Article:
Wednesday, April 18, 2007

A matter of faith

As it has before, the church should stand up for its beliefs in battle for inclusion
By John Lane, April 17, 2007
Episcopal Life Online

...The gay and lesbian population in the Episcopal Church is probably not much different than in the rest of society, but we have (in some places) created a climate where people are not afraid to admit their orientation and relationships and do not live in fear that by doing so they will be persecuted.

The battle in the Episcopal Church and the Anglican Communion is not a simple battle between righteousness and sin. Those who have fought for years for the theological truth that we all are seen as equal in the sight of God believe there is something more at stake here than some kind of willy-nilly flouting of the things that God really wants us to concentrate on.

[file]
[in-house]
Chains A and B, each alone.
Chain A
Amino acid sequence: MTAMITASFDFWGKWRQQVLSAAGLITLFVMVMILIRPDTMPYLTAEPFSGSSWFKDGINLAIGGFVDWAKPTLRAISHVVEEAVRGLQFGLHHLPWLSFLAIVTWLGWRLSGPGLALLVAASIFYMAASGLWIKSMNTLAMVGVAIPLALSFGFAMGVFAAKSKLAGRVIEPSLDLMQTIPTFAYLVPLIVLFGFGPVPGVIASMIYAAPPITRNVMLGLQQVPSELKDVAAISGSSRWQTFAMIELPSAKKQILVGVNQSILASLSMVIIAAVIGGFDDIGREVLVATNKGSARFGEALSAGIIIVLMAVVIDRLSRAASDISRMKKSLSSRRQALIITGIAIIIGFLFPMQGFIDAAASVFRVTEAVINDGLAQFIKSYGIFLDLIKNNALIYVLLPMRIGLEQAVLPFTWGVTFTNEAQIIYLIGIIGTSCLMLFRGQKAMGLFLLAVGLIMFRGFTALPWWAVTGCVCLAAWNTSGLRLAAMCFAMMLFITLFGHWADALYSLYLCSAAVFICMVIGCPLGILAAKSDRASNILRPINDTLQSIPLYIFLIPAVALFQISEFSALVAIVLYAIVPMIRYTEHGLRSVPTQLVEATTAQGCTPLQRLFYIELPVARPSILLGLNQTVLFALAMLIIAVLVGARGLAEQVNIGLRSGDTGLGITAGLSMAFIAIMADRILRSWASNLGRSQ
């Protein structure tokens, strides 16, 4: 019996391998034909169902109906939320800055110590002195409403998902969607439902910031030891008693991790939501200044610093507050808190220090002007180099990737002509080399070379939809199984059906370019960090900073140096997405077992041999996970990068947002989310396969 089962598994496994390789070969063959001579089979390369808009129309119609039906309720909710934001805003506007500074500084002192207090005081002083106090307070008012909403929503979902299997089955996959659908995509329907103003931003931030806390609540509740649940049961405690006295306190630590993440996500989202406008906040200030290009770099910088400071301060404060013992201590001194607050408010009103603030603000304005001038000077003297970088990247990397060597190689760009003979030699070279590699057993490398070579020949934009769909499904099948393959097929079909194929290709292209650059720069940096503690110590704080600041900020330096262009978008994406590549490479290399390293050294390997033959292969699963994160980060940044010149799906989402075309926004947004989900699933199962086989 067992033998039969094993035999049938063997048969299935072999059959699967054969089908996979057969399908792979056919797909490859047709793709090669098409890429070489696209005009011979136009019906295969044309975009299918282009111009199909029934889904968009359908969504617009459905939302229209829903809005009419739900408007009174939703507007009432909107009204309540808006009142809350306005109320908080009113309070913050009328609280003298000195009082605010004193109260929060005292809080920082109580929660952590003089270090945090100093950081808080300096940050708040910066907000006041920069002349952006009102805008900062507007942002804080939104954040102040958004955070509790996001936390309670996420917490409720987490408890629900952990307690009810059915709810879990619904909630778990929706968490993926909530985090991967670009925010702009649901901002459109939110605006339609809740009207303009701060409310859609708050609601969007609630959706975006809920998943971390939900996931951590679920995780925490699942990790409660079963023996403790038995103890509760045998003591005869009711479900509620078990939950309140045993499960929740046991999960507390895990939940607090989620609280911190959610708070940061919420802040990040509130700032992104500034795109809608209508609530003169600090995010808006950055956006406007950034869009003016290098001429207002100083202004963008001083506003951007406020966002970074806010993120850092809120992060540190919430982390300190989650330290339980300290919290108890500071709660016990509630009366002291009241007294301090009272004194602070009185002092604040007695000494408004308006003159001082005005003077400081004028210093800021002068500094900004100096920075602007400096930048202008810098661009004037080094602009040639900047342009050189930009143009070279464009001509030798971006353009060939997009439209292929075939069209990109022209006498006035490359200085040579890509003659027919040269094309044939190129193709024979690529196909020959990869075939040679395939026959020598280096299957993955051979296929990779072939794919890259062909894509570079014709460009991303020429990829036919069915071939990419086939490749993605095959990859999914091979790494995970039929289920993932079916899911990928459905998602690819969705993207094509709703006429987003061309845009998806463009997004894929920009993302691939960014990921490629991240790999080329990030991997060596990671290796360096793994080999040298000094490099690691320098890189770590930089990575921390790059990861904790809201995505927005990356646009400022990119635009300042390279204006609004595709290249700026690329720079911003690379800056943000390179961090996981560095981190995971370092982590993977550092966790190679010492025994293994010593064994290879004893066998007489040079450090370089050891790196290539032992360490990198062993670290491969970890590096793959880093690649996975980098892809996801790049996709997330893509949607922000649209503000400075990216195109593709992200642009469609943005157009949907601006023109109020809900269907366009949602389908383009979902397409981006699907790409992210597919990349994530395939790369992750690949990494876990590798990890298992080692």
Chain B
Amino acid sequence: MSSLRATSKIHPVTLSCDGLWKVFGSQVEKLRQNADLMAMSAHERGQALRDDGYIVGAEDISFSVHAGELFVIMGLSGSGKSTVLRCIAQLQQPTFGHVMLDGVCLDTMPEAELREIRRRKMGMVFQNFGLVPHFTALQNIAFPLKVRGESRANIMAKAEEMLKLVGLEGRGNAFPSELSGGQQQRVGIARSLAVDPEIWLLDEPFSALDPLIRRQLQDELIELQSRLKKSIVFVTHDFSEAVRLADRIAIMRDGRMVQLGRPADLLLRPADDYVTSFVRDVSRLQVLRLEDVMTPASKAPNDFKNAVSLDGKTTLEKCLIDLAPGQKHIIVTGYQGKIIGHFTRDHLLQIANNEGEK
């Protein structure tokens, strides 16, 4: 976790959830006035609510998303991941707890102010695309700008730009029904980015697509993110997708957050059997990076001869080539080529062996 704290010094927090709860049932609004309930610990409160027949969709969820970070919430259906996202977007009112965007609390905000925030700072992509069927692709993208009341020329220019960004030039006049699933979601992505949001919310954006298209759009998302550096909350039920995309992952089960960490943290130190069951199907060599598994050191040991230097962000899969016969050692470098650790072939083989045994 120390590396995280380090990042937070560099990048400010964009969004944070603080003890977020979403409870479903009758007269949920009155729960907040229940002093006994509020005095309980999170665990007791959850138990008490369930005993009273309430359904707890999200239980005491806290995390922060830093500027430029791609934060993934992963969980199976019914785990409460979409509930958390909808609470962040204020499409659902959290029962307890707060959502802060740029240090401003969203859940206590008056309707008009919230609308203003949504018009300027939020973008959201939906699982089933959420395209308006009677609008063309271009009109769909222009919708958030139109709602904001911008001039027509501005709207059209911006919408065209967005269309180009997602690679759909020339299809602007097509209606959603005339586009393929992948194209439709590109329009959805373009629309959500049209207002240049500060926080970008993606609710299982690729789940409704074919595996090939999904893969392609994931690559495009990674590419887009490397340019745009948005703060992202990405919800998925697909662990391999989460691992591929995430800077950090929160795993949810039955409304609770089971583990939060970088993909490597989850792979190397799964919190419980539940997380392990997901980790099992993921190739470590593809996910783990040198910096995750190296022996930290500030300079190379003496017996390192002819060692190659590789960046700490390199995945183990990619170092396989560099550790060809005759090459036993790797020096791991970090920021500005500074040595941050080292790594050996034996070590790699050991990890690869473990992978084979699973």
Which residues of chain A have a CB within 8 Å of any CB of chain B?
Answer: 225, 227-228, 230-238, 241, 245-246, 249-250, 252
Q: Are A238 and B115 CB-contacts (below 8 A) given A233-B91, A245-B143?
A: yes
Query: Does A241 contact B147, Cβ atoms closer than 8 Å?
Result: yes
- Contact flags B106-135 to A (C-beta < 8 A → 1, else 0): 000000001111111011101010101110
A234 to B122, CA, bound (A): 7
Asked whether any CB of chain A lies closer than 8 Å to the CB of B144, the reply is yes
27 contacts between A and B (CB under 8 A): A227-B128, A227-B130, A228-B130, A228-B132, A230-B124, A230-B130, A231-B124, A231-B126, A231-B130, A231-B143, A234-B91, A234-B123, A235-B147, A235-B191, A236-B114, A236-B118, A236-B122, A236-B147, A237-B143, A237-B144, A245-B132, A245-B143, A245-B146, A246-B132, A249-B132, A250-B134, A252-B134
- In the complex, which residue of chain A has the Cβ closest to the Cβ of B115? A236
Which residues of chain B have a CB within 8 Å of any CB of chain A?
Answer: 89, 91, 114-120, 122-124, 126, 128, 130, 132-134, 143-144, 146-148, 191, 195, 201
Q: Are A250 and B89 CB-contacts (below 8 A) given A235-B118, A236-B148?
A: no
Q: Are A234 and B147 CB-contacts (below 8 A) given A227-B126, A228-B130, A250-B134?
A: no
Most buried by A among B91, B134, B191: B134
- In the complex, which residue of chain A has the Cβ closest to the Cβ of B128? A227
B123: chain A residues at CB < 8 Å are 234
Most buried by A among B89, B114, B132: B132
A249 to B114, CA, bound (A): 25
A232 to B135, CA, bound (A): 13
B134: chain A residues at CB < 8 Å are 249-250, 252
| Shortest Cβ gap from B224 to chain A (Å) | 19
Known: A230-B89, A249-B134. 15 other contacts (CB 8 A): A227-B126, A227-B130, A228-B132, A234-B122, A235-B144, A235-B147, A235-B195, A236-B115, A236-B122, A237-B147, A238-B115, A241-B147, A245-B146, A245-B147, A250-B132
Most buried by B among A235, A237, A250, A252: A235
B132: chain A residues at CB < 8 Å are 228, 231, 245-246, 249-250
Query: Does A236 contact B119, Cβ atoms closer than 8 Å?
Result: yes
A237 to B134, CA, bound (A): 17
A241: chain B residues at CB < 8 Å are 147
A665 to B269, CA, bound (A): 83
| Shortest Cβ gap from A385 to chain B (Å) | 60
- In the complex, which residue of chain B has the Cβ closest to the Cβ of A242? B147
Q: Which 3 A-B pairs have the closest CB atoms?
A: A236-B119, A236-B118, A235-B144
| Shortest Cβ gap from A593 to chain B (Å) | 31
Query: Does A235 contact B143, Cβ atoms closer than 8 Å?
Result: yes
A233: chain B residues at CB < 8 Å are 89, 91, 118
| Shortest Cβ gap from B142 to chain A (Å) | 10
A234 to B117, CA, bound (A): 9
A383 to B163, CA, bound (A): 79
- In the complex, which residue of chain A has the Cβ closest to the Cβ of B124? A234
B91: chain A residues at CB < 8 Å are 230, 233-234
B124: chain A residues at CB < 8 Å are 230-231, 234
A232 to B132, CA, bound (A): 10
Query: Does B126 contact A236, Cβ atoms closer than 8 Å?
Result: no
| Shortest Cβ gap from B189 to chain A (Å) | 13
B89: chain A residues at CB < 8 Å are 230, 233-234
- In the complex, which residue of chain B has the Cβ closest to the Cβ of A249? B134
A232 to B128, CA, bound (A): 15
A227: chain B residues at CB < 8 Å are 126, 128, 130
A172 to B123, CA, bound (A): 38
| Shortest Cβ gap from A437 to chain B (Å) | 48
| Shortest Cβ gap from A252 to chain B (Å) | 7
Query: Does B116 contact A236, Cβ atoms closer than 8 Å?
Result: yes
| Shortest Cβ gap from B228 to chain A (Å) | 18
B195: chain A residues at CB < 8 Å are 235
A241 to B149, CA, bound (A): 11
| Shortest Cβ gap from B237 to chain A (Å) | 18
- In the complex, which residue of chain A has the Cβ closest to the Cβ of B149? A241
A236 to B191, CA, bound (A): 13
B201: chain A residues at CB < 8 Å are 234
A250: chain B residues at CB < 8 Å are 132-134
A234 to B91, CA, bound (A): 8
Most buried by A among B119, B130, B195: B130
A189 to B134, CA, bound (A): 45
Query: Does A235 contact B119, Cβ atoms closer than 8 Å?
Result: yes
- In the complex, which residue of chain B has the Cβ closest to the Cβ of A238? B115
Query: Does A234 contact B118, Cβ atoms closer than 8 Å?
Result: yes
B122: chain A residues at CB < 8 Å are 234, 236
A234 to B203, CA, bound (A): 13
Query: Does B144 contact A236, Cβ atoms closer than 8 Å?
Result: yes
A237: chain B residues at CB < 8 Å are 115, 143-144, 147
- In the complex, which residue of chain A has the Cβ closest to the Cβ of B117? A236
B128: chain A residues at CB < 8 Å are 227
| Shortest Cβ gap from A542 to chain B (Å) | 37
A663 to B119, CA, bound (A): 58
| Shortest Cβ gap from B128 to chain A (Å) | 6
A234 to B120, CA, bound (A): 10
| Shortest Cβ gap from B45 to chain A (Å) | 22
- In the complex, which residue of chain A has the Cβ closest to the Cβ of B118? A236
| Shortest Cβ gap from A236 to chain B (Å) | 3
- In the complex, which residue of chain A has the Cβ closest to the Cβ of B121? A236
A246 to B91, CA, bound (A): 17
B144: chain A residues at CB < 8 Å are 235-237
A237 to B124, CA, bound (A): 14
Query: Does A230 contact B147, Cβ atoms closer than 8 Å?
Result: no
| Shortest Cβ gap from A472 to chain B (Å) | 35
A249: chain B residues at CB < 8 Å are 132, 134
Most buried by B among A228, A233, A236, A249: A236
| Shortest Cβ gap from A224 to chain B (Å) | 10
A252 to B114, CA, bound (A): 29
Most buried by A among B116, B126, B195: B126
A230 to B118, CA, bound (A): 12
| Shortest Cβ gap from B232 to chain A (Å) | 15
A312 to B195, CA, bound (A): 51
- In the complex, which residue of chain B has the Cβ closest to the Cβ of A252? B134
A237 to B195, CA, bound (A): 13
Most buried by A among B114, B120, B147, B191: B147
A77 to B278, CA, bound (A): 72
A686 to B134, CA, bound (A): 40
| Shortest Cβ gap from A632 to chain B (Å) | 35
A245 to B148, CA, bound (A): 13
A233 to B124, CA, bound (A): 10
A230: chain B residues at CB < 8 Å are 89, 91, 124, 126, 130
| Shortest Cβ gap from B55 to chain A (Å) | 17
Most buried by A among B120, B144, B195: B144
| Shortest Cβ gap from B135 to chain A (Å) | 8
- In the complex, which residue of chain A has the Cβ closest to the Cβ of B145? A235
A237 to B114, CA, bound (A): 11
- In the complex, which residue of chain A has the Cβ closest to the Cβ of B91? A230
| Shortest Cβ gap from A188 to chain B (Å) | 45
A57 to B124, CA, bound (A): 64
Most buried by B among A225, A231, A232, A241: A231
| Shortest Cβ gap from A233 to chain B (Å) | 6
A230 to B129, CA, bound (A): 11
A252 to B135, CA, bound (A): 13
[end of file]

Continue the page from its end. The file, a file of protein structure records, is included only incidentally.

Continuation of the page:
When people throughout the world are losing jobs, are having their houses burned down, cannot gather together in public without breaking the law and are lynched and murdered without their killers being brought to justice, in all these cases because they are gay, then we aren't talking about something inconsequential. As long as we wait to do justice for these people and delay telling the rest of the world that we no longer are willing to live with homophobia and discrimination, then I think we put our mortal souls in peril. This is a faith issue, not just some kind of half-baked sociological exercise.

The archbishop of Nigeria and others already have crossed provincial boundaries and invaded the Episcopal Church and have repeatedly said that they would not stop doing so. Why should we say that we are wrong to be passionate about the place of all God's children in his church, that we admit that we've been bad, and think that making nice for a few years with people whose opinions about gays we abhor will somehow bring love and unity?

The archbishop of Nigeria is standing up for what he believes. Why should we do less?

Click here to read the entire article.

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